How is India and IMF helping SriLanka

We take a quick look at what caused the crisis and how external agencies, allies such as International Monetary Fund (IMF) and India are trying their best to help the Sri Lanka in this tough situation.

How is India and IMF helping SriLanka

India’s closest neighbor Sri Lanka is facing its worst economic crisis since gaining independence in 1948. The economic emergency was declared in Sri Lanka in 2021 as the food crisis worsened after banks ran out of the forex reserves to finance the imports. The terrible phase of the crisis continues since there has been nationwide protest over shortages of essential items, soaring inflation, power cuts and recent resignation of the Prime Minister Mahinda Rajapaksa amid widespread protest in the country. While the pandemic was the biggest blow to the country’s which is highly dependent on tourism, there were several other factors contributing the economic uncertainty.  We take a quick look at what caused the crisis and how external agencies, allies such as International Monetary Fund (IMF) and India are trying their best to help the Sri Lanka in this tough situation.

Economic shocks prior to pandemic

Just before the covid-19 engulfed the world, major economic shocks for the Sri Lanka’s economy were series of bomb blasts in churches and luxury hotels in April 2019. The blast led to major decline in the tourists’ arrivals into country. Another major setback was the massive tax cuts by then newly elected government under President Gotabaya Rajapaksa that caused budget deficit and loss of tax revenue resulting in downgrade of the sovereign credit rating and making it difficult for the country to raise money.

Pandemic shaken the tourism industry and decline in foreign remittances

Sri Lanka had vast dependency on tourism and foreign remittances which were badly hit by the coronavirus crisis.  As seen in the chart below, the receipts from tourism declined sharply to $1.08 billion in 2020 (1.3% of gross national product [GNP]) from $4.59 billion in 2016 (5.6% of GNP) according to world data statistics. (See chart below)


In addition, international migrants and their remittances have been major force driving Sri Lanka’s foreign exchange earnings. The workers’ remittances dropped to a 10-year low at $5.49 billion in 2021. Decline in the remittance due to leakage through grey market wherein foreign workers went on remitting money through unofficial channels causing Sri Lankan banks to run out of foreign currency and foreign remittances to crash.  Sri Lankan Central Bank tried to keep the currency pegged at 200-203 Sri Lankan rupees to a dollar since September 2021. However, a dollar was changing hands at about 250 Sri Lanka rupees through unofficial channels. Officials are trying hard to offer incentives to migrant workers who remit funds through official channels to curb the illegal transfer and restock depleted foreign exchange reserves.

Agriculture crisis and spike in inflation due to Russia-Ukraine war

The agriculture sector was severely impacted by the government’s decision to ban all chemical fertilisers in 2021 in a bid to make agriculture 100% organic. The decision was reversed later on but the interim ban caused major drop in the productions of tea, rice, sugar leading major economic losses and imports of these goods.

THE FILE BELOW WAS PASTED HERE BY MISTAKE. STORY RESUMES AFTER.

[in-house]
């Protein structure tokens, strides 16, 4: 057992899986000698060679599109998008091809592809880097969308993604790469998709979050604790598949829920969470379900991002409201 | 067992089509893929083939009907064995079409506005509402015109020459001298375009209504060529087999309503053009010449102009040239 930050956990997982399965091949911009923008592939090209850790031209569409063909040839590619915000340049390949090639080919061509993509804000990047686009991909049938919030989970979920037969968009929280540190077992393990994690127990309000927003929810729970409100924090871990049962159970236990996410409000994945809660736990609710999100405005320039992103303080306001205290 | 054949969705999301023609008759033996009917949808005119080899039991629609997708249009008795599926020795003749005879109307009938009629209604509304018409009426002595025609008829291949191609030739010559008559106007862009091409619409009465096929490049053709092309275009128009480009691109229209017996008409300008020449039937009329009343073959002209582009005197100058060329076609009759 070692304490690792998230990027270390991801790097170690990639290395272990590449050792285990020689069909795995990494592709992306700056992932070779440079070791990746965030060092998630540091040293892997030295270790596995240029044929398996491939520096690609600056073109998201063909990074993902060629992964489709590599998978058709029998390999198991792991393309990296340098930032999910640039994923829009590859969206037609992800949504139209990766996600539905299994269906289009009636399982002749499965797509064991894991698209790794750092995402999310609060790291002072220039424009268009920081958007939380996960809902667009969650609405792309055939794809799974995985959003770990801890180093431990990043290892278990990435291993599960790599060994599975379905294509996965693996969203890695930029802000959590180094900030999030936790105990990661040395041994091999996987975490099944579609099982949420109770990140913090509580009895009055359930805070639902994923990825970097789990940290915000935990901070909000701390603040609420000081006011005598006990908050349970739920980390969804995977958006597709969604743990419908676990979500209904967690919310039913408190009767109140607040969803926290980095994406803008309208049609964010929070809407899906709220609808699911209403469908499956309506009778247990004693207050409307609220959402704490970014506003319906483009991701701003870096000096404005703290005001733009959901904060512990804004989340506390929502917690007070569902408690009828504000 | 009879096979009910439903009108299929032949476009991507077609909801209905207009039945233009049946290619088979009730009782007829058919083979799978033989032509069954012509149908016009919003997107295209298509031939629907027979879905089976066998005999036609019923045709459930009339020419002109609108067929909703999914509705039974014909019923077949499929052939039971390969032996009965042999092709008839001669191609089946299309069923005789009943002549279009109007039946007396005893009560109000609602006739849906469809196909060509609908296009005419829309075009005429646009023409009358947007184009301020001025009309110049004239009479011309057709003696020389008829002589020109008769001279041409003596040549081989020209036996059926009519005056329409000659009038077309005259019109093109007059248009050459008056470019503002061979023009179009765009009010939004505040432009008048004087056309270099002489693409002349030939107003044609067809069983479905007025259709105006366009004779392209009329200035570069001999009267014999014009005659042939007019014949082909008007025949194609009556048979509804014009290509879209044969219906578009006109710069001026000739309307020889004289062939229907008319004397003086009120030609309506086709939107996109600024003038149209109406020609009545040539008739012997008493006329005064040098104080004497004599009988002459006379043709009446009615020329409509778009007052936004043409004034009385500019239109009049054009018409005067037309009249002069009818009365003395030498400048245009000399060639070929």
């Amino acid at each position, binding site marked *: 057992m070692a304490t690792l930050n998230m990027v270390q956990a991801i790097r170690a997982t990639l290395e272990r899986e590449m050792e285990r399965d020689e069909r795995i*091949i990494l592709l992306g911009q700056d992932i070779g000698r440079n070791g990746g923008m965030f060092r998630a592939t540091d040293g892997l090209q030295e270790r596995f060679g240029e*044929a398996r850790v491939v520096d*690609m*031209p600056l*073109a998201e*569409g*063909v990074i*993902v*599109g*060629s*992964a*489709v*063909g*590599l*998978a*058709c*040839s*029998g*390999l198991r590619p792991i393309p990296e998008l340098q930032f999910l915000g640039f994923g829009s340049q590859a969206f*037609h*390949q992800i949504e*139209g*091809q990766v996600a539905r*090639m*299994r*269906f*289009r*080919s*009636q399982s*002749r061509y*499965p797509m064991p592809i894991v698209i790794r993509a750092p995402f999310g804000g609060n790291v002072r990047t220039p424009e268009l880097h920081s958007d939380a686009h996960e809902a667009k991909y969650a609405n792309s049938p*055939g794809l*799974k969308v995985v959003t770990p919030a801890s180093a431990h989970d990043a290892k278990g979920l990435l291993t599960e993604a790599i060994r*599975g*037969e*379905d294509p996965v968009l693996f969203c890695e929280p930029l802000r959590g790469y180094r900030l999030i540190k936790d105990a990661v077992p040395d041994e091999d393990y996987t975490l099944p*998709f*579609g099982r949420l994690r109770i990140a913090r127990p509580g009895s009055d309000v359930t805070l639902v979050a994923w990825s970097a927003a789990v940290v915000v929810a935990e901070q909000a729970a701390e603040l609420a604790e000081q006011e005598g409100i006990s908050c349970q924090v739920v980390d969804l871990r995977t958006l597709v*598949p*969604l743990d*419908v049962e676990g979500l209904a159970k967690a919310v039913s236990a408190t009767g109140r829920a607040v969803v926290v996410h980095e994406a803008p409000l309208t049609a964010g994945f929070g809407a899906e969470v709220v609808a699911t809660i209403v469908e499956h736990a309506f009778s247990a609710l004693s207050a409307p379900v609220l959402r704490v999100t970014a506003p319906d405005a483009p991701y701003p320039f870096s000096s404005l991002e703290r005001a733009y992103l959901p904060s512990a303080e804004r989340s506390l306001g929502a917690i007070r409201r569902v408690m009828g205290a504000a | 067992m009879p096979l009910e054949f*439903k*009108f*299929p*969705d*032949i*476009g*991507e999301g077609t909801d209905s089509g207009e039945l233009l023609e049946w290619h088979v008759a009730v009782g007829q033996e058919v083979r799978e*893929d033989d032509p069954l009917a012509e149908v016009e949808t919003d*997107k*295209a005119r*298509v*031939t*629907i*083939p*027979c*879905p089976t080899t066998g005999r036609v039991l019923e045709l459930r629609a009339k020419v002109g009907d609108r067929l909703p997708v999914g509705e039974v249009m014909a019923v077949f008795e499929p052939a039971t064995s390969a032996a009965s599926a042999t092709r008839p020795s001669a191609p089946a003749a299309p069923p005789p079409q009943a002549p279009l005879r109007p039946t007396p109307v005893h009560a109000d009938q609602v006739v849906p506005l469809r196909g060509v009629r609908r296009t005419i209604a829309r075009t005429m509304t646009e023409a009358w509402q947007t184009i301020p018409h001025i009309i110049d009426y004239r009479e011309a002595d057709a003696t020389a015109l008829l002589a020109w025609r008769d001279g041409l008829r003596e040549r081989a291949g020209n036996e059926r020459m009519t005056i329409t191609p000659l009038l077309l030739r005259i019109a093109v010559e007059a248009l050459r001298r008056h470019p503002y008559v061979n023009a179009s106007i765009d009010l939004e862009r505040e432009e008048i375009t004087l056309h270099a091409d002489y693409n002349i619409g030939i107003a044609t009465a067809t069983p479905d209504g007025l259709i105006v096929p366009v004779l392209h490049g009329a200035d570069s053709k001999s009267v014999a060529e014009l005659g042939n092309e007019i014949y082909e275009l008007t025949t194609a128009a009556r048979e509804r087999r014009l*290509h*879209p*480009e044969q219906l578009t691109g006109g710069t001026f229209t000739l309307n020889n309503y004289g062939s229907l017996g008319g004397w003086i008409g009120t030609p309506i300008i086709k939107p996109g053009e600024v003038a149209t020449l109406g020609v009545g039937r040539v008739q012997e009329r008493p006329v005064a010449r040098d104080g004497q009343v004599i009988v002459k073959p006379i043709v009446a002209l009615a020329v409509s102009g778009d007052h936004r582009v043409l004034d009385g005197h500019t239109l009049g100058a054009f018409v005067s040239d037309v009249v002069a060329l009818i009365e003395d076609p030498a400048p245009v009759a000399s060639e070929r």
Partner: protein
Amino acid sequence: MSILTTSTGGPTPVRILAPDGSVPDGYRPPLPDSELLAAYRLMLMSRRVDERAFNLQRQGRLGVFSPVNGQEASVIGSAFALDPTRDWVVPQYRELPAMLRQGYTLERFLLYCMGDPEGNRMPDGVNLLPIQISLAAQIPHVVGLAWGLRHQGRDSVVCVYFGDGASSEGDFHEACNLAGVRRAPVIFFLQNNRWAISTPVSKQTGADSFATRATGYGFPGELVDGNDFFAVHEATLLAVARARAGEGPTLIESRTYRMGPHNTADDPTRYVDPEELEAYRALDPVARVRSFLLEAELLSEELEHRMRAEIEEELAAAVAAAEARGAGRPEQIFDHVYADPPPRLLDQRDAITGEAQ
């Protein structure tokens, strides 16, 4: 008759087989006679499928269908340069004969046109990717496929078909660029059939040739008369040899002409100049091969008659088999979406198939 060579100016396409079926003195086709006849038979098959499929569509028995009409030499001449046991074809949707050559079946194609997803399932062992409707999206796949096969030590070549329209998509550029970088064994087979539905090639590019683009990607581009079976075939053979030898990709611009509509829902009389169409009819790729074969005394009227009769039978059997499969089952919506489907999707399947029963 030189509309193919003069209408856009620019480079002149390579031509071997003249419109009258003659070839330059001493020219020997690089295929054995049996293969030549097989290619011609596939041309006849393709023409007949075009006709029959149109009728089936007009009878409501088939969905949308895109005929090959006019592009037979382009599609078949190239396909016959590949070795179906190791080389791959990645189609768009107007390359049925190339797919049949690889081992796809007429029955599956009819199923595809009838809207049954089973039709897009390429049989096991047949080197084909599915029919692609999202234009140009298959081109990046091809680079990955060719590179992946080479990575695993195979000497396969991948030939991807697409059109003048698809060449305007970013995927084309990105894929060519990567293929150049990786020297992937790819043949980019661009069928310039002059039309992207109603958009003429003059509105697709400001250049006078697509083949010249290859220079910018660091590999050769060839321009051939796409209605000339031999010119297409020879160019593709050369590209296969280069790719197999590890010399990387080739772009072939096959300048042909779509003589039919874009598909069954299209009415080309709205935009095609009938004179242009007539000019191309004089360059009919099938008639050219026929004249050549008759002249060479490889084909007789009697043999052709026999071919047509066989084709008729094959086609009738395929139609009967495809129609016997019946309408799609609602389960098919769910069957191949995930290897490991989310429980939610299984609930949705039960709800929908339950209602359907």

The economic crisis in Sri Lanka intensified further with the onset of the Russia-Ukraine war that has led to sharp jump in the oil prices. In addition, Sri Lanka was dependent on both these nations for tea exports and tourism which was hit hard by war. All the above factors had already caused major strain on forex reserves leading to shortages and rising inflation as the economy was unable to pay for the essential imports.

External debt

While the island nation had its tourism booming and major infra projects making the headlines few years back. The country had seen a massive rise in its external debt as the country was borrowing heavily from the international markets.  A closer look at the external debt stocks shows international capital markets accounted 47% share, followed by Asian Development Bank (13%), World Bank (9%) and countries like Japan (10%), China (10%), India (2%) and others (9%).  Despite growing opposition, beginning 2022 the country repaid US$500 million international sovereign bonds. However, last month it announced that the country will default on its external debt of $51 billion.

Helping hand extended by IMF, India and China

Given the unsustainable rise in the debt levels and insufficient foreign exchange reserves, Central Bank of Sri Lanka (CBSL) and the government is seeking help from IMF, India and China. IMF senior officials met Sri Lankan delegation and had fruitful technical discussions to implement credible and coherent strategy to restore macroeconomic stability. India has also extended support to its neighbour of about USD 2.5 billion in the past three months according to the Ministry of External Affairs including credit facilities for fuel and food. Over 270,000 metric tonnes of diesel and petrol have been delivered to Sri Lanka since March and around 40,000 tonnes of rice have been supplied under the recently extended USD 1 billion credit facility by India. China too is extending emergency aid including supply of the food, production materials and other essentials. China also provided $1.5 billion swap $1.3 billion syndicated loan to the government. Amid the wide spread protest and violence in Sri Lanka against government handling of the crisis, several developed nations like US, UK and Europe too have raised their concerns and urged to the find long term solutions to economic and political challenges.  We continued to hope Sri Lanka will be able to overcome the crisis and draw a roadmap to recovery with the help of the neighbours and IMF.